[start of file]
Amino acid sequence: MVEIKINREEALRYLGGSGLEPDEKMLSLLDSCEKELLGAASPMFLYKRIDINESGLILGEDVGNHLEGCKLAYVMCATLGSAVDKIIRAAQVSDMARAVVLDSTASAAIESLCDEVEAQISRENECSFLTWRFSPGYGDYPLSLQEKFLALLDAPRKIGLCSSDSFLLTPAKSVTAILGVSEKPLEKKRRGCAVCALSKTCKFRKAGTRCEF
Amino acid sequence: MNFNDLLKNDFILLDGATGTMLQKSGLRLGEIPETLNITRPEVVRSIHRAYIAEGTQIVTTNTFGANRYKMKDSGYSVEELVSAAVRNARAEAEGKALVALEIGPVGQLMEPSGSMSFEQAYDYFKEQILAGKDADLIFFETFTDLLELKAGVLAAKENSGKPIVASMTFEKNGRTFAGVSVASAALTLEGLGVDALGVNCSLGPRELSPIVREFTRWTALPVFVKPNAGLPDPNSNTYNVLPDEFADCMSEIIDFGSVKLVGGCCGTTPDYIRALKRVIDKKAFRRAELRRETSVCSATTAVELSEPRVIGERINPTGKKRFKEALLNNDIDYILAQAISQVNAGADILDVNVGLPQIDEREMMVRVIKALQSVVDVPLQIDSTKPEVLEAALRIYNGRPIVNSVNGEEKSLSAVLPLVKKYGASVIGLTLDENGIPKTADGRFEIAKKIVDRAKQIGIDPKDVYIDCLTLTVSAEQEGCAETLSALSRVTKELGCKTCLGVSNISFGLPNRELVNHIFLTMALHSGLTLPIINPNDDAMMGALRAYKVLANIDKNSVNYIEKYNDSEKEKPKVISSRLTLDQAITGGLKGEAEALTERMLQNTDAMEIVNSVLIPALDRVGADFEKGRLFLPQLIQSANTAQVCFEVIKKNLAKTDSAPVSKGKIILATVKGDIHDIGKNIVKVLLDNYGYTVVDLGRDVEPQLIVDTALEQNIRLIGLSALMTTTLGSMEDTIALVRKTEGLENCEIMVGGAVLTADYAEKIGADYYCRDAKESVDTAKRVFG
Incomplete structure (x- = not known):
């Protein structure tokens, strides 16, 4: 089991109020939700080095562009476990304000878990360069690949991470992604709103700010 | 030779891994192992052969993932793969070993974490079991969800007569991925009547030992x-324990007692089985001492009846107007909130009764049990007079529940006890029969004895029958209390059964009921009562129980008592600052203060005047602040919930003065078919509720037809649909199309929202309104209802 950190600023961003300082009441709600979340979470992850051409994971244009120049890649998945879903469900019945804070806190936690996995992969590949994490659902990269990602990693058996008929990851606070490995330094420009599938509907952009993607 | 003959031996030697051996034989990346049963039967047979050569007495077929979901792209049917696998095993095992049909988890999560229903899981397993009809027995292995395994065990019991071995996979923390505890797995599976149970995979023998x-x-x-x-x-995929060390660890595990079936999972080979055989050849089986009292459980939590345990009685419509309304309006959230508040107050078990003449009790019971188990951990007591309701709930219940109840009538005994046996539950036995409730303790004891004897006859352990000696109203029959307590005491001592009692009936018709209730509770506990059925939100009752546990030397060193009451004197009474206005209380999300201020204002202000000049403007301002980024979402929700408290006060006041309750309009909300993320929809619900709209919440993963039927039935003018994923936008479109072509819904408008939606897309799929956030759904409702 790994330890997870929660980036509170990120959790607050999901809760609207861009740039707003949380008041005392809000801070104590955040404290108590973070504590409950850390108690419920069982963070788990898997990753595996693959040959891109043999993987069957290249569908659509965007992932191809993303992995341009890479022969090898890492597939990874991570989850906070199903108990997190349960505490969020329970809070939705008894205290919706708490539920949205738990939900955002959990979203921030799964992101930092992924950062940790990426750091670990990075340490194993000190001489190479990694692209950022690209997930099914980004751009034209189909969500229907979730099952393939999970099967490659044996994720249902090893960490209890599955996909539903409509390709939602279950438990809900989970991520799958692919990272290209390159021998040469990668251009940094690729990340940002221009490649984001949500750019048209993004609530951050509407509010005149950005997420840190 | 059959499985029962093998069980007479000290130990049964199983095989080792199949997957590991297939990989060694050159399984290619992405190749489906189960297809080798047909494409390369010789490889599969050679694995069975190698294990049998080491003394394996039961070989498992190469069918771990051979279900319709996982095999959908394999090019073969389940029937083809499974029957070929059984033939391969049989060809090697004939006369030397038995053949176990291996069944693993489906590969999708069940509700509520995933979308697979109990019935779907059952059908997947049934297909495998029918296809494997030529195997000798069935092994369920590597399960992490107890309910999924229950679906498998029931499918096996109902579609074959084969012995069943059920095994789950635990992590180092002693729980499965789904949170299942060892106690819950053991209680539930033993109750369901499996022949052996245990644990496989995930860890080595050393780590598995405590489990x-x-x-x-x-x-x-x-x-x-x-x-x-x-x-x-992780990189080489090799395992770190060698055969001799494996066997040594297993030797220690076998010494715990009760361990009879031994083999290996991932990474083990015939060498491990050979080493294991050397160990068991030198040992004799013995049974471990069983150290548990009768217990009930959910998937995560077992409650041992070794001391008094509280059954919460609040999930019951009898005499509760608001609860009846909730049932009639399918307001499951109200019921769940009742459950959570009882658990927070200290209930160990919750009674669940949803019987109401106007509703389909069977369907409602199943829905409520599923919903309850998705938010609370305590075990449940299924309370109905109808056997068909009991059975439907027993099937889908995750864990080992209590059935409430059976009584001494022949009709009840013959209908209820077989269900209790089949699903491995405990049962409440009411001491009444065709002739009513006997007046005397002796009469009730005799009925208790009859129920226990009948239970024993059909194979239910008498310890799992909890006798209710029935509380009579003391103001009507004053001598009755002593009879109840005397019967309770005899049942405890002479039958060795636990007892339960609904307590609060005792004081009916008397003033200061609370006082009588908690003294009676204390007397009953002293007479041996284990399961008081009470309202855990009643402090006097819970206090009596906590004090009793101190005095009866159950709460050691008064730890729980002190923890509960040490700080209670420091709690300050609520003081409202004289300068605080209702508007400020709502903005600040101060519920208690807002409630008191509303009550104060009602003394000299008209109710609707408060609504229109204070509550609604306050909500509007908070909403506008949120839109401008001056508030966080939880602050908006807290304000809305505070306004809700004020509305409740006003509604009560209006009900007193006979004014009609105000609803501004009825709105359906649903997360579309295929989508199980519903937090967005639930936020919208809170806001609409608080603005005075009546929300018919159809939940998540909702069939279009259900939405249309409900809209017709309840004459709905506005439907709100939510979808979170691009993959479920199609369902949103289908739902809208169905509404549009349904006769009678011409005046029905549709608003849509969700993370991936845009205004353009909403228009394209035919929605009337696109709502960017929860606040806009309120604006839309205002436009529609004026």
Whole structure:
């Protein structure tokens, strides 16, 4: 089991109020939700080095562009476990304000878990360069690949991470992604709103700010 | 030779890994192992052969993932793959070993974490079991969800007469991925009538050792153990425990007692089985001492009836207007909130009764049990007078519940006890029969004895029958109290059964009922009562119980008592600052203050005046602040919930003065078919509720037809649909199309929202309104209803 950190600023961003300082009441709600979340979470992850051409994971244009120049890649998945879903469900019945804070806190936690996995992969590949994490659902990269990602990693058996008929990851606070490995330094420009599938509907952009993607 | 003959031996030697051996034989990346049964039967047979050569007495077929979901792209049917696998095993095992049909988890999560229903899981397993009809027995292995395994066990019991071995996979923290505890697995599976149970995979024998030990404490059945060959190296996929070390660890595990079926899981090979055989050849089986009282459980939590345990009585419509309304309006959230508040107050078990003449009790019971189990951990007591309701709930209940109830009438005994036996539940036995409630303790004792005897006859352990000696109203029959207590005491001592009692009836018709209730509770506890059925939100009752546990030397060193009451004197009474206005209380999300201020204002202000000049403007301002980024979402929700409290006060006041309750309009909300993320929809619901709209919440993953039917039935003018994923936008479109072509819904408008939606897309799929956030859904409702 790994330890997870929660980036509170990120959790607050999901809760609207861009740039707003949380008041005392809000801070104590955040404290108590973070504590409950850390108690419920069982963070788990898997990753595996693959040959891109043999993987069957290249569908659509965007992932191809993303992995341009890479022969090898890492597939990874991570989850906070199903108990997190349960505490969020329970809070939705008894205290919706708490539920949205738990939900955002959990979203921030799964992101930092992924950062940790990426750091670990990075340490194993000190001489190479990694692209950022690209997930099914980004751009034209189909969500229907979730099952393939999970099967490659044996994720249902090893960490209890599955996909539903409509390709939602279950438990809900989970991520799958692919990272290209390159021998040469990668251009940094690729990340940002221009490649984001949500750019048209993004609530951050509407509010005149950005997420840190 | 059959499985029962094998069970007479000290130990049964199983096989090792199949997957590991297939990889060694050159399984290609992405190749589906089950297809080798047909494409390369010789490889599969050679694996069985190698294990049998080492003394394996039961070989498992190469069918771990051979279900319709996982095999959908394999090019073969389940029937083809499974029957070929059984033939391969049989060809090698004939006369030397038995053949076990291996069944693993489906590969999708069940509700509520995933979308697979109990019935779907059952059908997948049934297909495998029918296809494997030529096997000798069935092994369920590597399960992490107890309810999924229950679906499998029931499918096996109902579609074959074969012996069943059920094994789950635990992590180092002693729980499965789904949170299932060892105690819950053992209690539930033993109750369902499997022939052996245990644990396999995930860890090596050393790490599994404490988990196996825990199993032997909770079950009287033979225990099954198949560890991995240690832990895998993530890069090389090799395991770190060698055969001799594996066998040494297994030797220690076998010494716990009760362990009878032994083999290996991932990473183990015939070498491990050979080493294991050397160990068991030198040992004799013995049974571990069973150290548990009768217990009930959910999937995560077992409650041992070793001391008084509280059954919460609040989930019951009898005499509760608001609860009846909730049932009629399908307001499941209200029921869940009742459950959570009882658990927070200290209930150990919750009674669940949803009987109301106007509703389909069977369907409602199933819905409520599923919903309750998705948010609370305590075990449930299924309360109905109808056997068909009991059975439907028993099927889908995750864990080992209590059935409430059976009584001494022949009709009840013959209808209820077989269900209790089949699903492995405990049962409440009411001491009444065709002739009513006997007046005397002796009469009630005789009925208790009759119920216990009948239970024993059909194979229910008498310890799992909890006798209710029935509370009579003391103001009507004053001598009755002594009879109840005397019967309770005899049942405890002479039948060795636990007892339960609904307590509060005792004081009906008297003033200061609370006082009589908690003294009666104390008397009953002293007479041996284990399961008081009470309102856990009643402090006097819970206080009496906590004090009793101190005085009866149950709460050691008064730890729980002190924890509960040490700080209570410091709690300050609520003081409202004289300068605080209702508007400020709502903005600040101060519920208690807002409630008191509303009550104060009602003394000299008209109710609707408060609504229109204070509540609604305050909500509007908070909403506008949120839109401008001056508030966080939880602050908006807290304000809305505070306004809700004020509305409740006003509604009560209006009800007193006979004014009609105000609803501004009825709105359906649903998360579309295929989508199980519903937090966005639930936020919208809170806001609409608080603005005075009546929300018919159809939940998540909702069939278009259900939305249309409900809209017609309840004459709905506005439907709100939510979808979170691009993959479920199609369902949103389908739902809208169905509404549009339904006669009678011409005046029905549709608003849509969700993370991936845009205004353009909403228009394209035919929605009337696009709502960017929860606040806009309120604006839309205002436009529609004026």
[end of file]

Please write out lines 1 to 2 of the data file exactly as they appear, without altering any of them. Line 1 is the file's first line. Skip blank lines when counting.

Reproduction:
Amino acid sequence: MVEIKINREEALRYLGGSGLEPDEKMLSLLDSCEKELLGAASPMFLYKRIDINESGLILGEDVGNHLEGCKLAYVMCATLGSAVDKIIRAAQVSDMARAVVLDSTASAAIESLCDEVEAQISRENECSFLTWRFSPGYGDYPLSLQEKFLALLDAPRKIGLCSSDSFLLTPAKSVTAILGVSEKPLEKKRRGCAVCALSKTCKFRKAGTRCEF
Amino acid sequence: MNFNDLLKNDFILLDGATGTMLQKSGLRLGEIPETLNITRPEVVRSIHRAYIAEGTQIVTTNTFGANRYKMKDSGYSVEELVSAAVRNARAEAEGKALVALEIGPVGQLMEPSGSMSFEQAYDYFKEQILAGKDADLIFFETFTDLLELKAGVLAAKENSGKPIVASMTFEKNGRTFAGVSVASAALTLEGLGVDALGVNCSLGPRELSPIVREFTRWTALPVFVKPNAGLPDPNSNTYNVLPDEFADCMSEIIDFGSVKLVGGCCGTTPDYIRALKRVIDKKAFRRAELRRETSVCSATTAVELSEPRVIGERINPTGKKRFKEALLNNDIDYILAQAISQVNAGADILDVNVGLPQIDEREMMVRVIKALQSVVDVPLQIDSTKPEVLEAALRIYNGRPIVNSVNGEEKSLSAVLPLVKKYGASVIGLTLDENGIPKTADGRFEIAKKIVDRAKQIGIDPKDVYIDCLTLTVSAEQEGCAETLSALSRVTKELGCKTCLGVSNISFGLPNRELVNHIFLTMALHSGLTLPIINPNDDAMMGALRAYKVLANIDKNSVNYIEKYNDSEKEKPKVISSRLTLDQAITGGLKGEAEALTERMLQNTDAMEIVNSVLIPALDRVGADFEKGRLFLPQLIQSANTAQVCFEVIKKNLAKTDSAPVSKGKIILATVKGDIHDIGKNIVKVLLDNYGYTVVDLGRDVEPQLIVDTALEQNIRLIGLSALMTTTLGSMEDTIALVRKTEGLENCEIMVGGAVLTADYAEKIGADYYCRDAKESVDTAKRVFG